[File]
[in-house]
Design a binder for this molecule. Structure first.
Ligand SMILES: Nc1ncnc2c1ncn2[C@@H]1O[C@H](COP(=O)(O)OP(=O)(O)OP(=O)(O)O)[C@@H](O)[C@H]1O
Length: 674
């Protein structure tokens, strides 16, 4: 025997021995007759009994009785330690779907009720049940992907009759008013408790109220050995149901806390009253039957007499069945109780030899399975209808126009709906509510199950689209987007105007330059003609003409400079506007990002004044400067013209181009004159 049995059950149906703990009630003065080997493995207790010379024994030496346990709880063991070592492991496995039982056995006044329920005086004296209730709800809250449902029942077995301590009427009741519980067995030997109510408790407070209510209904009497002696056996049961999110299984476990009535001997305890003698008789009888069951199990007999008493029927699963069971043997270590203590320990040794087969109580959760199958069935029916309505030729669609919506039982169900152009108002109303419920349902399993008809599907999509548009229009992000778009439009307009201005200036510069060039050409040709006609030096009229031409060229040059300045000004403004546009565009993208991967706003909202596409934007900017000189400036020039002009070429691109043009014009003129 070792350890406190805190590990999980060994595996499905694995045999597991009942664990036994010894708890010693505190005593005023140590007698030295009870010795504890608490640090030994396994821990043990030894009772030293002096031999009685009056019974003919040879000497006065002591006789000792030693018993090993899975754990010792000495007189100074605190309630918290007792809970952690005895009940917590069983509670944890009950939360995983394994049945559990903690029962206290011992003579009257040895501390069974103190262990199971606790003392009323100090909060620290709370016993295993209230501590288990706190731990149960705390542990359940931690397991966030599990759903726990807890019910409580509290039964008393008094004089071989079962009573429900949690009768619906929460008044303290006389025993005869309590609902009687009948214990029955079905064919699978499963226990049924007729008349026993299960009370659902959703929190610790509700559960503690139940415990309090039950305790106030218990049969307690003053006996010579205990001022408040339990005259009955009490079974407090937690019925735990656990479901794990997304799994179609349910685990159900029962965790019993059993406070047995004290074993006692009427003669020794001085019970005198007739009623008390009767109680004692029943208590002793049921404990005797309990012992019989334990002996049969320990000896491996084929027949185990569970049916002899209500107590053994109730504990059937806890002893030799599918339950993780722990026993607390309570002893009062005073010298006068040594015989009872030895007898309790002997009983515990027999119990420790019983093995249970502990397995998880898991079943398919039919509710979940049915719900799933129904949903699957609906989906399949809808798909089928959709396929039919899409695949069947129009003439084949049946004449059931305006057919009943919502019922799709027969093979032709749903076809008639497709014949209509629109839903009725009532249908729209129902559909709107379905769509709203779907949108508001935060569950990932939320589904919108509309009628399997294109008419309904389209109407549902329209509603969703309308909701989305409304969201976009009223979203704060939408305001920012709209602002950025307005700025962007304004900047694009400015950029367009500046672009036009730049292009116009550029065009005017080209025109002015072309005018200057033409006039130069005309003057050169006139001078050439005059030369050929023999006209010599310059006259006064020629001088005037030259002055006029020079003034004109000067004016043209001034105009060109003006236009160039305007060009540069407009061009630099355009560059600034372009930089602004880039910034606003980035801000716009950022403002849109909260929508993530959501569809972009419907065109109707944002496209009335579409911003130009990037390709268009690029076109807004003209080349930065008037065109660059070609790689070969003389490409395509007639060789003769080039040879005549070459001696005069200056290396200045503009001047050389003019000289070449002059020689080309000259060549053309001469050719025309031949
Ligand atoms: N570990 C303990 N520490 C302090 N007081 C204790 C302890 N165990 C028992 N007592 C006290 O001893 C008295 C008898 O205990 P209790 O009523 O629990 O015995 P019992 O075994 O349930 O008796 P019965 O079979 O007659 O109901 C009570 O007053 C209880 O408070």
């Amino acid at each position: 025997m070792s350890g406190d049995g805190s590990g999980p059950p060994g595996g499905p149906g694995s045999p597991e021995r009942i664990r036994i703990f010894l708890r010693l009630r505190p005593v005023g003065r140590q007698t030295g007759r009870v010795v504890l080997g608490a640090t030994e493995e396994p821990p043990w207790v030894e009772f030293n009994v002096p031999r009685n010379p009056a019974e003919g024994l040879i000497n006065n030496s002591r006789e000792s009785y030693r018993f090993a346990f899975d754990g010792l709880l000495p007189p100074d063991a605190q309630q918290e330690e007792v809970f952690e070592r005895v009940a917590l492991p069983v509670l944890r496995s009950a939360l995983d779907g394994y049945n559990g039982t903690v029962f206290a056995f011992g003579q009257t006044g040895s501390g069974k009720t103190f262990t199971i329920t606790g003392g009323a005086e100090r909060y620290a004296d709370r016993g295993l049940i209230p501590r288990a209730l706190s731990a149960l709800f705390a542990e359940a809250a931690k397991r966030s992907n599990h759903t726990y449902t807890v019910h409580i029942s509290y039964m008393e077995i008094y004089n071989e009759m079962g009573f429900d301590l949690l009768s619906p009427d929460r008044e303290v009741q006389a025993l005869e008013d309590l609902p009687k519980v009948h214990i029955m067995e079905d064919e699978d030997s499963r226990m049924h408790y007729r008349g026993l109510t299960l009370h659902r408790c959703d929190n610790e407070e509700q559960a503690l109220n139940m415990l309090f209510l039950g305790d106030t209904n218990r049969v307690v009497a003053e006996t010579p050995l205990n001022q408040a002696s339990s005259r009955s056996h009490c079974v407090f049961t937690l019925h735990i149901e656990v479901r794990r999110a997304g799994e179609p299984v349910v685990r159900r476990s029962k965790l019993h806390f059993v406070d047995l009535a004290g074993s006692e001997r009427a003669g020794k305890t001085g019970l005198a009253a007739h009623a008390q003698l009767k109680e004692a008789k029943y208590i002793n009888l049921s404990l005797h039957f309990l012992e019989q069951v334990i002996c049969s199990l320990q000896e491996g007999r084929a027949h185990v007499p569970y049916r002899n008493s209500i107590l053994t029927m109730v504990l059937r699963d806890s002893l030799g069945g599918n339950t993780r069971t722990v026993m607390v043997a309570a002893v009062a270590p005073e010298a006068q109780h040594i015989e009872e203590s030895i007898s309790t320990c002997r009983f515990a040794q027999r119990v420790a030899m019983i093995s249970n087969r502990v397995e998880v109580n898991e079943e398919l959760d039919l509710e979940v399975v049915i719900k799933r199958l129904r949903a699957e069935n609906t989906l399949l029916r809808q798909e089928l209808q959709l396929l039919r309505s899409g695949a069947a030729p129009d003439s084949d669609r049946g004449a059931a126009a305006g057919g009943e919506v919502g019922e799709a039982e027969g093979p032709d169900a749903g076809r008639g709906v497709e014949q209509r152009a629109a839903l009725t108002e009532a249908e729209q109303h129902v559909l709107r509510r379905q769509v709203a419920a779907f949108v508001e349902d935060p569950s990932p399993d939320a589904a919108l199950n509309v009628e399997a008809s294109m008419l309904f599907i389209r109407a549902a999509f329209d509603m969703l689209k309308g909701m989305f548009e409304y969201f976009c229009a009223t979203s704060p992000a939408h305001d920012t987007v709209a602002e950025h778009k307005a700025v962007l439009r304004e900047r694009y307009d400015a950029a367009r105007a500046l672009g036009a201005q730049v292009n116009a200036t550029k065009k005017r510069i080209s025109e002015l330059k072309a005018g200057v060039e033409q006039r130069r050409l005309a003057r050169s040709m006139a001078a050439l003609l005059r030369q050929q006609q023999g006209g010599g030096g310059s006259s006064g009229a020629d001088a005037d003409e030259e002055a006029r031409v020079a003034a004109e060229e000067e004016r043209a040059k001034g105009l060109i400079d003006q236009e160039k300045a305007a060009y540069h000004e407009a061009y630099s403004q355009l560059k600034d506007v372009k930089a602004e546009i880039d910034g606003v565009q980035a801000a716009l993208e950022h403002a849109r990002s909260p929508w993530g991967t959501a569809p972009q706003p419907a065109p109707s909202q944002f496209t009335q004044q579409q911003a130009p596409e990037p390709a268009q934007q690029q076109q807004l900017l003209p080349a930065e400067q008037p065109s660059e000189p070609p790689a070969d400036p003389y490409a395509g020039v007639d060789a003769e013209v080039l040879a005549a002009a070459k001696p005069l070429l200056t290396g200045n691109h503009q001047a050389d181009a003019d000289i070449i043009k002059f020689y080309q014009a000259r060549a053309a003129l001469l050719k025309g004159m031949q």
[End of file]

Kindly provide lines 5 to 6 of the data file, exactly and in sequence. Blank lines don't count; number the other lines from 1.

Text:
């Protein structure tokens, strides 16, 4: 025997021995007759009994009785330690779907009720049940992907009759008013408790109220050995149901806390009253039957007499069945109780030899399975209808126009709906509510199950689209987007105007330059003609003409400079506007990002004044400067013209181009004159 049995059950149906703990009630003065080997493995207790010379024994030496346990709880063991070592492991496995039982056995006044329920005086004296209730709800809250449902029942077995301590009427009741519980067995030997109510408790407070209510209904009497002696056996049961999110299984476990009535001997305890003698008789009888069951199990007999008493029927699963069971043997270590203590320990040794087969109580959760199958069935029916309505030729669609919506039982169900152009108002109303419920349902399993008809599907999509548009229009992000778009439009307009201005200036510069060039050409040709006609030096009229031409060229040059300045000004403004546009565009993208991967706003909202596409934007900017000189400036020039002009070429691109043009014009003129 070792350890406190805190590990999980060994595996499905694995045999597991009942664990036994010894708890010693505190005593005023140590007698030295009870010795504890608490640090030994396994821990043990030894009772030293002096031999009685009056019974003919040879000497006065002591006789000792030693018993090993899975754990010792000495007189100074605190309630918290007792809970952690005895009940917590069983509670944890009950939360995983394994049945559990903690029962206290011992003579009257040895501390069974103190262990199971606790003392009323100090909060620290709370016993295993209230501590288990706190731990149960705390542990359940931690397991966030599990759903726990807890019910409580509290039964008393008094004089071989079962009573429900949690009768619906929460008044303290006389025993005869309590609902009687009948214990029955079905064919699978499963226990049924007729008349026993299960009370659902959703929190610790509700559960503690139940415990309090039950305790106030218990049969307690003053006996010579205990001022408040339990005259009955009490079974407090937690019925735990656990479901794990997304799994179609349910685990159900029962965790019993059993406070047995004290074993006692009427003669020794001085019970005198007739009623008390009767109680004692029943208590002793049921404990005797309990012992019989334990002996049969320990000896491996084929027949185990569970049916002899209500107590053994109730504990059937806890002893030799599918339950993780722990026993607390309570002893009062005073010298006068040594015989009872030895007898309790002997009983515990027999119990420790019983093995249970502990397995998880898991079943398919039919509710979940049915719900799933129904949903699957609906989906399949809808798909089928959709396929039919899409695949069947129009003439084949049946004449059931305006057919009943919502019922799709027969093979032709749903076809008639497709014949209509629109839903009725009532249908729209129902559909709107379905769509709203779907949108508001935060569950990932939320589904919108509309009628399997294109008419309904389209109407549902329209509603969703309308909701989305409304969201976009009223979203704060939408305001920012709209602002950025307005700025962007304004900047694009400015950029367009500046672009036009730049292009116009550029065009005017080209025109002015072309005018200057033409006039130069005309003057050169006139001078050439005059030369050929023999006209010599310059006259006064020629001088005037030259002055006029020079003034004109000067004016043209001034105009060109003006236009160039305007060009540069407009061009630099355009560059600034372009930089602004880039910034606003980035801000716009950022403002849109909260929508993530959501569809972009419907065109109707944002496209009335579409911003130009990037390709268009690029076109807004003209080349930065008037065109660059070609790689070969003389490409395509007639060789003769080039040879005549070459001696005069200056290396200045503009001047050389003019000289070449002059020689080309000259060549053309001469050719025309031949
Ligand atoms: N570990 C303990 N520490 C302090 N007081 C204790 C302890 N165990 C028992 N007592 C006290 O001893 C008295 C008898 O205990 P209790 O009523 O629990 O015995 P019992 O075994 O349930 O008796 P019965 O079979 O007659 O109901 C009570 O007053 C209880 O408070």